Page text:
Very strange thing happening. House is less than an year old. This is the bathroom circuit. The only modification was an additional outlet. Everything was working fine for months. Until this morning, woke up and realize the breaker tripped. When I tried the reset the breaker, it trips immediately. I turned off all lights and unplugged all outlets, then the breaker was able to stay on. Now the strange thing is, any load on the circuit trips the breaker. Flipping any switch or plugging in any outlet causes the breaker to trip. Any idea what causing this?

  • 2
    Does the breaker have a TEST button on it? Nov 23, 2018 at 18:59
  • May be a loose neutral. No load no problem. With load doesn't balance for gfci. Check all outlets for loose wires or backstabs. Nov 23, 2018 at 19:05
  • @ThreePhaseEel yes. When I reset the breaker. There’s a blinking red light. When I press test. The breaker trips and when I reset. The light stays off.
    – YarGnawh
    Nov 23, 2018 at 19:08
  • How recently was the circuit modified? Is anything plugged into the receptacles on the circuit? Can you tell if its a GFCI breaker or a GFCI-AFCI combo? Nov 23, 2018 at 21:58

2 Answers 2


It sounds like a wire may have been damaged during the install. I am guessing at this point that it is a gfci breaker since it only trips with a load. In this case I would be looking for a skinned neutral or a point in the box that the neutral and ground may now be touching. I don't believe it would be a hot wire because it holds with no load, why did it start after months? Wires relaxing , home vibrations but at least this provides a location to look in the boxes on the neutral , it could be a staple in the wiring but I would check boxes first.

  • Would removing and capping all the outlet/switch be the best way to narrow down the issue?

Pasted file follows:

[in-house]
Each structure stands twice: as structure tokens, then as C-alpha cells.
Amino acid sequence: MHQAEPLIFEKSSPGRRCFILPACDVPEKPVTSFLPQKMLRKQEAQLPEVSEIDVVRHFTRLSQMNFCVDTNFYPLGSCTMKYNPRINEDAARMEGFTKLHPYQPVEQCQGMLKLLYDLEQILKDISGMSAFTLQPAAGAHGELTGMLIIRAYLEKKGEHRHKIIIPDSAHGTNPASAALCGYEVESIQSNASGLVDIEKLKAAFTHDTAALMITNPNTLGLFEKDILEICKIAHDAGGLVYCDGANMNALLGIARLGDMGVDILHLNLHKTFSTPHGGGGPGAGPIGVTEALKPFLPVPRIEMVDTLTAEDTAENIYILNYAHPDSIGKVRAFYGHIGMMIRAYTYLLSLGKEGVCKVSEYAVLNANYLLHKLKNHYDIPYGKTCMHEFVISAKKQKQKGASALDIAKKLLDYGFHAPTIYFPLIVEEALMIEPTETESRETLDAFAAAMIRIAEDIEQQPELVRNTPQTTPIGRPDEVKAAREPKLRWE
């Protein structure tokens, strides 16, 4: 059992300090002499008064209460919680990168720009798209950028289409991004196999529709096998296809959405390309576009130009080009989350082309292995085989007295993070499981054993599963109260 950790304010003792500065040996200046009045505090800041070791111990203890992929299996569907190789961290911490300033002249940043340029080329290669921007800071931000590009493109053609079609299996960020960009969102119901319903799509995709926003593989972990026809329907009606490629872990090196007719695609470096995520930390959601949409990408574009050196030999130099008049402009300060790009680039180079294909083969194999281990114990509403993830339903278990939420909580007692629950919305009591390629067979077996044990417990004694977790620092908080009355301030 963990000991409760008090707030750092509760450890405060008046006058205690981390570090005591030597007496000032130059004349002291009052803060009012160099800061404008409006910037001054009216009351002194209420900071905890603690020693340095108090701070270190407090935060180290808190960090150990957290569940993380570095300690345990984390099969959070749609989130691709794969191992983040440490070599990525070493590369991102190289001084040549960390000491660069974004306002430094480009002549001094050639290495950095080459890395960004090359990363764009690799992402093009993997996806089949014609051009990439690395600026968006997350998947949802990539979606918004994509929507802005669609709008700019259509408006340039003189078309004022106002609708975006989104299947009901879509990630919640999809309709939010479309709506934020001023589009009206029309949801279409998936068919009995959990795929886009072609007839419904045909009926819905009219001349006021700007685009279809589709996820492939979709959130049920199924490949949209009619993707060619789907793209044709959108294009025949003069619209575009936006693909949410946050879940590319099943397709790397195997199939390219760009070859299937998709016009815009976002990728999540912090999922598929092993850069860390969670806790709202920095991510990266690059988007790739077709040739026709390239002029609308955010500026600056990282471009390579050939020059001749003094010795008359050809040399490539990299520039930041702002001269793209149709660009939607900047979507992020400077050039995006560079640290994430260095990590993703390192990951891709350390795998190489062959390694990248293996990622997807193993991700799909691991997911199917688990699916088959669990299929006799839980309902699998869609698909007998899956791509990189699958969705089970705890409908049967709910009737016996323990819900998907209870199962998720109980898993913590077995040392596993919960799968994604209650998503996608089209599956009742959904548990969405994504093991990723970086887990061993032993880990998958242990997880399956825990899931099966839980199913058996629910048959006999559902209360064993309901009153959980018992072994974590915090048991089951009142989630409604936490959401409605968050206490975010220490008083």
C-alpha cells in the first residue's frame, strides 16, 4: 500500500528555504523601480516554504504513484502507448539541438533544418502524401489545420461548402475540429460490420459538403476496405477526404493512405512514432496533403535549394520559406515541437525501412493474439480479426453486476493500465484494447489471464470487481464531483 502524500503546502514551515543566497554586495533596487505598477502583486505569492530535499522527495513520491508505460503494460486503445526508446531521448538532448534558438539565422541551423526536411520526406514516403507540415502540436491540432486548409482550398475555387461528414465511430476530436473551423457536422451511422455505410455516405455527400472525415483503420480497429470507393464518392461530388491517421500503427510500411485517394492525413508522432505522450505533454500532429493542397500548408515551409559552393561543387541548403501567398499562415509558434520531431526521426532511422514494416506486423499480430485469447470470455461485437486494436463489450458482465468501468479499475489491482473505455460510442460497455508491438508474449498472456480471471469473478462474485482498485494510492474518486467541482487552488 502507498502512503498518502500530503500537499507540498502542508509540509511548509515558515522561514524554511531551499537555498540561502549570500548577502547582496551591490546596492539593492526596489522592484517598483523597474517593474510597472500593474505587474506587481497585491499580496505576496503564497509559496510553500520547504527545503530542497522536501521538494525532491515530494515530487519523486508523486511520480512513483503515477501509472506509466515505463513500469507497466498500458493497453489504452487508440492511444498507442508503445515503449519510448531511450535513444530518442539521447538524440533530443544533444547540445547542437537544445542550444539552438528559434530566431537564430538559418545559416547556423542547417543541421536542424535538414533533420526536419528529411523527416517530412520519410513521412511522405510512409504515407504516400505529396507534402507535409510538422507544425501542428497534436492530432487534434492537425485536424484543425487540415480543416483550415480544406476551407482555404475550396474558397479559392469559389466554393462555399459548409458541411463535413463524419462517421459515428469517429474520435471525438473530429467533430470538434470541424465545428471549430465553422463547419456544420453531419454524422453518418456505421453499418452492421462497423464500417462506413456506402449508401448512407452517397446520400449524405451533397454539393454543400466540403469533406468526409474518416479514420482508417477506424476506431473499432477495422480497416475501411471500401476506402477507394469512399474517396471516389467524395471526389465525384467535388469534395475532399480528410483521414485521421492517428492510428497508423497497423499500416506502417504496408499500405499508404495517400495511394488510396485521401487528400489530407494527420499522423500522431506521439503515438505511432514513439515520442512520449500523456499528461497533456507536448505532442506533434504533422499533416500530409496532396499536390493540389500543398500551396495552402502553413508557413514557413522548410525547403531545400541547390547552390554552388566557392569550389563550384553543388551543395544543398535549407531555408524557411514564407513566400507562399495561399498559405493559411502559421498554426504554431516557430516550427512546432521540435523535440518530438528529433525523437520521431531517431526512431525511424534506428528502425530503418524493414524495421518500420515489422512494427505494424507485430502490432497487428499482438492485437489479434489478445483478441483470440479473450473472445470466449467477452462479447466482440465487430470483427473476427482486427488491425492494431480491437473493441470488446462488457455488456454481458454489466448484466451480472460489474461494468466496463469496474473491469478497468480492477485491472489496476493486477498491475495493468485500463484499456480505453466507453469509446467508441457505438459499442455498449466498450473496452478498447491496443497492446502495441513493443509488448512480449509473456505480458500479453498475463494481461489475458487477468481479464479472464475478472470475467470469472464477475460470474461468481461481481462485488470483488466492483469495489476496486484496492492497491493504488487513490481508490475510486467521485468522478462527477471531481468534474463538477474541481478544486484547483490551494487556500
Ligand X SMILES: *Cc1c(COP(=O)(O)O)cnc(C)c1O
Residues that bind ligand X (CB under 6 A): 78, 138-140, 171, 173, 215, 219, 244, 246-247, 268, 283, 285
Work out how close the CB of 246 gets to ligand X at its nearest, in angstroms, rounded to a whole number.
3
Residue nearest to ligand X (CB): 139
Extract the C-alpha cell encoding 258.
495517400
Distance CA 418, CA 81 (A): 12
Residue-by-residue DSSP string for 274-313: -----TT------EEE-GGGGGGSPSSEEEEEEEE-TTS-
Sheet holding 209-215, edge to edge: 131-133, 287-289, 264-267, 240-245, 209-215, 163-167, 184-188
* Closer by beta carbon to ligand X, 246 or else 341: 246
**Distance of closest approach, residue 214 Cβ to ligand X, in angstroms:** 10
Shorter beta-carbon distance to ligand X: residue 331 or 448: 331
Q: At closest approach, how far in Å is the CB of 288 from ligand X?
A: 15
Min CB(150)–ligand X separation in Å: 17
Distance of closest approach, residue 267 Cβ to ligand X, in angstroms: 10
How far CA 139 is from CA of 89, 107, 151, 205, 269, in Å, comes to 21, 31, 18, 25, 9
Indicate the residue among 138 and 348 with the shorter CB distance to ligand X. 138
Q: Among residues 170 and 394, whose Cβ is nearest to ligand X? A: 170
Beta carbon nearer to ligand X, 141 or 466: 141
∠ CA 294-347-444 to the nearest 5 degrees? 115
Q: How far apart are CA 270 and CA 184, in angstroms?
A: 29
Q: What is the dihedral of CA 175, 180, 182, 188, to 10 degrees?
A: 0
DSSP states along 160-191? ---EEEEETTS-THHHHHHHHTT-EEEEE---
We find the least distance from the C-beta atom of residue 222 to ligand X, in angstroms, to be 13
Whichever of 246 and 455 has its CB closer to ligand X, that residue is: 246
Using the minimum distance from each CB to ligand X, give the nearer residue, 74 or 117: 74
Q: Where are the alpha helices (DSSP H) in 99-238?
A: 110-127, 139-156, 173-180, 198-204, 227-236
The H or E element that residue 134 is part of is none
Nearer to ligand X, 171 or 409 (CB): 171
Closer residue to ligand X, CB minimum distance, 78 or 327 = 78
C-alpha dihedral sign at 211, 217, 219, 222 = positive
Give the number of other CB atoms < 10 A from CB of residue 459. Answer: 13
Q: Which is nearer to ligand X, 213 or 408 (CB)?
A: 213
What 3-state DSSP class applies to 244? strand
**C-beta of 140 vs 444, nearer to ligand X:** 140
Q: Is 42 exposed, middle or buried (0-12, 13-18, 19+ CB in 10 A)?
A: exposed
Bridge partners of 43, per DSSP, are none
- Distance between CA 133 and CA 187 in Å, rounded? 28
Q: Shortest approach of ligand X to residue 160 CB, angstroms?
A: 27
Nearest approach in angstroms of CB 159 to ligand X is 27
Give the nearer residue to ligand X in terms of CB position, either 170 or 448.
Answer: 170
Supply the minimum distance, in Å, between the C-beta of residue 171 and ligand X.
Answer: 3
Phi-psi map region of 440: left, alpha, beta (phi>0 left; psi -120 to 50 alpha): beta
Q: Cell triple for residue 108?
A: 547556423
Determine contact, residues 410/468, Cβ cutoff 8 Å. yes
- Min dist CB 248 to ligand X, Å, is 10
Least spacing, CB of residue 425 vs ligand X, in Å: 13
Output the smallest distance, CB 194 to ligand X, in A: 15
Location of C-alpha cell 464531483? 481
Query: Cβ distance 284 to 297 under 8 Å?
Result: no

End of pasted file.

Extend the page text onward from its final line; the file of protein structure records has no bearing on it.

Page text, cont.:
– YarGnawh
    Nov 23, 2018 at 19:26
  • 3
    I would try and split it in half, and see if the problem is there still. If the problem is gone work on the 1/2. That was removed from the circuit. This shouldn't take two long to isolate the problem. Even trying 1 device at a time will get you to the problem.
    – Ed Beal
    Nov 23, 2018 at 19:58
  • It was the vanity light. Somehow the wire nut came loose.
    – YarGnawh
    Nov 23, 2018 at 22:03

Check your new wiring for a N-G fault

This sounds like the classic symptom of a neutral-to-ground fault in wiring. I would check your newly added wiring to make sure neutral is not shorted to ground anywhere in it; if that doesn't reveal anything, then check the rest of the circuit for a N-G fault -- this might be a skinned neutral wire in contact with a metal box, excess tail sticking out from a receptacle screw, or some other sort of workmanship defect.

  • Probably oversimplifying, are you saying somewhere a “white” wire is contacting the ground?
    – YarGnawh
    Nov 23, 2018 at 19:29
  • @YarGnawh pretty much Nov 23, 2018 at 19:59
  • 1
    It can be something as simple as a bare ground wire which has rubbed on a neutral screw when you push it back into the box. The British actually put sleeves over their bare grounds for this reason, but then, an entire British house is on a 30ma GFCI, so they don't have much tolerance for N-G faults. Nov 23, 2018 at 22:05

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